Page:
7.4
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5.2
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Gaming Performance Comparison

Recommended System Requirements
Game Ryzen 5 2400G Core i5-4690 3.5GHz
Red Dead Redemption 2 12% 1%
Halo: Reach 58% 53%
Cyberpunk 2077 13% 3%
Call of Duty: Modern Warfare 24% 15%
Doom Eternal 16% 6%
Microsoft Flight Simulator 9% 22%
Grand Theft Auto VI 39% 55%
Dragon Ball Z Kakarot 23% 14%
Star Wars: Jedi - Fallen Order 21% 36%
Need For Speed Heat 14% 3%

In terms of overall gaming performance, the AMD Ryzen 5 2400G is massively better than the Intel Core i5-4690 3.5GHz when it comes to running the latest games. This also means it will be less likely to bottleneck more powerful GPUs, allowing them to achieve more of their gaming performance potential.

The Ryzen 5 2400G was released over three years more recently than the Core i5-4690 3.5GHz, and so the Ryzen 5 2400G is likely to have far better levels of support, and will be much more optimized and ultimately superior to the Core i5-4690 3.5GHz when running the latest games.

Both CPUs exhibit very powerful performance, so it probably isn't worth upgrading from one to the other, as both are capable of running even the most demanding games at the highest settings (assuming they are accompanied by equivalently powerful GPUs).

The Ryzen 5 2400G and the Core i5-4690 3.5GHz both have 4 cores, which is not likely to be a limiting factor for gaming.

The Ryzen 5 2400G has 4 more threads than the Core i5-4690 3.5GHz. The Core i5-4690 3.5GHz has one thread per physical core, whereas the Ryzen 5 2400G uses hyperthreading and has 2 logical threads per physical core.

Multiple threads are useful for improving the performance of multi-threaded applications. Additional cores and their accompanying thread will always be beneficial for multi-threaded applications. Hyperthreading will be beneficial for applications optimized for it, but it may slow others down. For games, the number of threads is largely irrelevant, as long as you have at least 2 cores (preferably 4), and hyperthreading can sometimes even hit performance.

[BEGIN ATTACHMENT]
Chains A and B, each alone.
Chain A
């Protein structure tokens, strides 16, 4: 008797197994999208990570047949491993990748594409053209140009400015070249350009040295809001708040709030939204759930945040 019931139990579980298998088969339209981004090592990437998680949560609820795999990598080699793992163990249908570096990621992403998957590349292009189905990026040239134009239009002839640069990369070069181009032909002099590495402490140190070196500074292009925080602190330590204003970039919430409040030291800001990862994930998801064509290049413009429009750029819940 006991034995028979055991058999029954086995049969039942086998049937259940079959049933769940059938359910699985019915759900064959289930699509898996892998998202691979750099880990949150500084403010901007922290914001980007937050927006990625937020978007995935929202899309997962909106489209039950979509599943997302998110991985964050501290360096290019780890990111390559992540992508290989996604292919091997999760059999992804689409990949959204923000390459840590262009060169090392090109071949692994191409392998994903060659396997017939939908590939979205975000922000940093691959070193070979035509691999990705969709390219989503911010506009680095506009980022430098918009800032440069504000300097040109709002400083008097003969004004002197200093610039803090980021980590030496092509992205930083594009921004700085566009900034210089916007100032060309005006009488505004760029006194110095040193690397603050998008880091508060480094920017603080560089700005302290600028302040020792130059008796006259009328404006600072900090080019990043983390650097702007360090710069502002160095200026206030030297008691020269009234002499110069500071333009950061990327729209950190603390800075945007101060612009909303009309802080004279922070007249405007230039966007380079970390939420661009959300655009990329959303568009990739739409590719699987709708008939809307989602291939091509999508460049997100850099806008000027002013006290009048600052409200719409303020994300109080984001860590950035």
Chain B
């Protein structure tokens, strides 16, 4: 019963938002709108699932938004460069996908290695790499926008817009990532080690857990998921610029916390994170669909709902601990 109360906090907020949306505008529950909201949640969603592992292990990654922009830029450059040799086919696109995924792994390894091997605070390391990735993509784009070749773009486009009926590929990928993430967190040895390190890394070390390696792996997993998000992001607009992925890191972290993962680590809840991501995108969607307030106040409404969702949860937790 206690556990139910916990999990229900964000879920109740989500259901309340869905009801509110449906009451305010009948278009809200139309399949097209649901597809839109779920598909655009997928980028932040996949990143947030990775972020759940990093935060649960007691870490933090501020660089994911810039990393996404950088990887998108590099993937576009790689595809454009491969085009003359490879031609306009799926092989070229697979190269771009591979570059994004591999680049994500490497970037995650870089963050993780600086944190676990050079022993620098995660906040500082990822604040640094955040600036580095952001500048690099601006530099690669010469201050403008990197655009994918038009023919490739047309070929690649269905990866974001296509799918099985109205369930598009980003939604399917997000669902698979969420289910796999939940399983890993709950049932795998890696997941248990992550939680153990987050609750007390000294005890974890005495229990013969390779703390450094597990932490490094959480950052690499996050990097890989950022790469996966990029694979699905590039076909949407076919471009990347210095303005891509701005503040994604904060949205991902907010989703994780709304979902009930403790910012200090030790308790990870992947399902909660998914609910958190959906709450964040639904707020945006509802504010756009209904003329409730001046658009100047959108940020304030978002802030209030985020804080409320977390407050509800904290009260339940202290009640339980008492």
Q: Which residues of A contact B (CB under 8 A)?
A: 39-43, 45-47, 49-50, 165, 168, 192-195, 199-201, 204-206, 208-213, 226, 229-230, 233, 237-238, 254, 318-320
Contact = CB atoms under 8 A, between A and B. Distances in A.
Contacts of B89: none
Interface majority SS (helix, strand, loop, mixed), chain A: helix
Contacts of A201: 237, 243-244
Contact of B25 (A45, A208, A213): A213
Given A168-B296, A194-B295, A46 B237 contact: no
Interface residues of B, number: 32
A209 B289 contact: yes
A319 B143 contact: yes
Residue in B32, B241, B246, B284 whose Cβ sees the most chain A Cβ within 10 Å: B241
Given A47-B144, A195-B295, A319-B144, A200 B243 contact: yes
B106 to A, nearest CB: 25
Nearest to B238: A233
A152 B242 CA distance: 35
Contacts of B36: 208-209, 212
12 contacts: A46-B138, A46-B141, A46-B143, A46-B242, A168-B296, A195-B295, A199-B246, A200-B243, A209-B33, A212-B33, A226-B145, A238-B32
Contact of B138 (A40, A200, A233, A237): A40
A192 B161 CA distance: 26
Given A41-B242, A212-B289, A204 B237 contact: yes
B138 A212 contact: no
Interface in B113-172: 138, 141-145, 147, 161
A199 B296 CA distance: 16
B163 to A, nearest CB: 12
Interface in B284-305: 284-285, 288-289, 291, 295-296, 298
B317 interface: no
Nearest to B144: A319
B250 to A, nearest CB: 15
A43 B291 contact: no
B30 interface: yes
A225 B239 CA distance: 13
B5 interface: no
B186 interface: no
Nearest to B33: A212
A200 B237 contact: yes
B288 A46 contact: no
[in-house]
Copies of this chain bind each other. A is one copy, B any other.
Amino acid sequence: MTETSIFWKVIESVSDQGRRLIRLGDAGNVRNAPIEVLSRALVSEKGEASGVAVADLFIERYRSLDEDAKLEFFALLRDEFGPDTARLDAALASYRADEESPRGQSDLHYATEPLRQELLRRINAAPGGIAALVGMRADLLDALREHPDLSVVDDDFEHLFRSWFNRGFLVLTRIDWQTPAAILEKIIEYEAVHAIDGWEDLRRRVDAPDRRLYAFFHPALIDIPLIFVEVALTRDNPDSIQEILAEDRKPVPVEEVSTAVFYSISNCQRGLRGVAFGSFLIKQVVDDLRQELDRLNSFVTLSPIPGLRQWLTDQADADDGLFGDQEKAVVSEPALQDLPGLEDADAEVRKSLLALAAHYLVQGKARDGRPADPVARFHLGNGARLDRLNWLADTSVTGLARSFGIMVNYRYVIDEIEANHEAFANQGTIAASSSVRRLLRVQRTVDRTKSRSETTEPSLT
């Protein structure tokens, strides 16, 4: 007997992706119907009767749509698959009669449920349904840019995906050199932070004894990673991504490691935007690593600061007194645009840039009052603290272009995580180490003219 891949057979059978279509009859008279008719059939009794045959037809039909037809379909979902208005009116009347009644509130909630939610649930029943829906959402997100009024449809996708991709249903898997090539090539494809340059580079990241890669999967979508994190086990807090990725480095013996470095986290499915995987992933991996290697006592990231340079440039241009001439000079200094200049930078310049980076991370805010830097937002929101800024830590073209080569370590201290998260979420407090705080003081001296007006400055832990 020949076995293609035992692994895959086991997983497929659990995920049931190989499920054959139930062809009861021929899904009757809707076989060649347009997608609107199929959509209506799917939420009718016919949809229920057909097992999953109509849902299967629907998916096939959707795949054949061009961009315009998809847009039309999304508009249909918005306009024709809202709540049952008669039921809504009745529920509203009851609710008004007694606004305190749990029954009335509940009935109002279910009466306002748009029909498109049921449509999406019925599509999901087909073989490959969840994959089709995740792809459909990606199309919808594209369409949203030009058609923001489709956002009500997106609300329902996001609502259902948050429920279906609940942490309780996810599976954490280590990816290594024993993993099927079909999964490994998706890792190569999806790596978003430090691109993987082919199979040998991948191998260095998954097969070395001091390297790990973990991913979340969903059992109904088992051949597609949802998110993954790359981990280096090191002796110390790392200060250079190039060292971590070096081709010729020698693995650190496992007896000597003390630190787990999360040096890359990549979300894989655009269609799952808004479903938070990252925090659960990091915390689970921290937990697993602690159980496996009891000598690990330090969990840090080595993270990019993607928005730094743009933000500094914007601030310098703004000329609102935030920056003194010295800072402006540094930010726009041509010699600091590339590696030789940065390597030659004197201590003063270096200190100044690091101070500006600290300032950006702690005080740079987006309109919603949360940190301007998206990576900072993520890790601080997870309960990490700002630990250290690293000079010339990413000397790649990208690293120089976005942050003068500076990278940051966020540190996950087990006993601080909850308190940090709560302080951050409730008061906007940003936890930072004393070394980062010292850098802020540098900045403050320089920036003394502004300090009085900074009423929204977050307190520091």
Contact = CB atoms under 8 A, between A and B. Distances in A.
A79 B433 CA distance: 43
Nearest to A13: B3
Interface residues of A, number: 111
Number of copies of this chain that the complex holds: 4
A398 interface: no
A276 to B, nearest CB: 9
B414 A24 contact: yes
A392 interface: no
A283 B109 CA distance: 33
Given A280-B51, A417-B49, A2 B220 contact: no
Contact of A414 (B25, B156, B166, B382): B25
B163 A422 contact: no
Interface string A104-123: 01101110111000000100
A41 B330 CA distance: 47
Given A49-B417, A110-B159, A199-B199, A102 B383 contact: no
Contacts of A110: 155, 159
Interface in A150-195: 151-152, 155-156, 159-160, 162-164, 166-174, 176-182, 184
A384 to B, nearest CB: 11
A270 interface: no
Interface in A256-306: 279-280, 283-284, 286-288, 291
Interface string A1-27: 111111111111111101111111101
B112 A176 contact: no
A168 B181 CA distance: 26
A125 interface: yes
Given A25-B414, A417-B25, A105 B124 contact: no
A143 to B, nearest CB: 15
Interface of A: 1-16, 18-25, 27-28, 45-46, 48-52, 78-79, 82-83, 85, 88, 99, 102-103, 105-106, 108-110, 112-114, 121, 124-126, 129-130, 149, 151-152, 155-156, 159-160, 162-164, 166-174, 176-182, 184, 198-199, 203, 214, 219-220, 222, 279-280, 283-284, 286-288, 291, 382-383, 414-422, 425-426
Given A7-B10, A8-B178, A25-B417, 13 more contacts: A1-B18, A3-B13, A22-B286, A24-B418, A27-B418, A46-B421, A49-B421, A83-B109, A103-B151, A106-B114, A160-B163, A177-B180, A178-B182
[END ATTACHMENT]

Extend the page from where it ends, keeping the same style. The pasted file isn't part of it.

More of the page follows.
More important for gaming than the number of cores and threads is the clock rate. Problematically, unless the two CPUs are from the same family, this can only serve as a general guide and nothing like an exact comparison, because the clock cycles per instruction (CPI) will vary so much.

The Ryzen 5 2400G and Core i5-4690 3.5GHz are not from the same family of CPUs, so their clock speeds are by no means directly comparable. Bear in mind, then, that while the Ryzen 5 2400G has a 0.1 GHz faster frequency, this is not always an indicator that it will be superior in performance, despite frequency being crucial when trying to avoid GPU bottlenecking. As such, we need to look elsewhere for more reliable comparisons.

Aside from the clock rate, the next-most important CPU features for PC game performance are L2 and L3 cache size. Faster than RAM, the more cache available, the more data that can be stored for lightning-fast retrieval. L1 Cache is not usually an issue anymore for gaming, with most high-end CPUs eking out about the same L1 performance, and L2 is more important than L3 - but L3 is still important if you want to reach the highest levels of performance. Bear in mind that although it is better to have a larger cache, the larger it is, the higher the latency, so a balance has to be struck.

The Ryzen 5 2400G has a 1024 KB bigger L2 cache than the Core i5-4690 3.5GHz, which means that it, at worst, wins out in this area, and at best, will provide superior gaming performance and will work much better with high-end graphics cards.

The maximum Thermal Design Power is the power in Watts that the CPU will consume in the worst case scenario. The lithography is the semiconductor manufacturing technology being used to create the CPU - the smaller this is, the more transistors that can be fit into the CPU, and the closer the connections. For both the lithography and the TDP, it is the lower the better, because a lower number means a lower amount of power is necessary to run the CPU, and consequently a lower amount of heat is produced.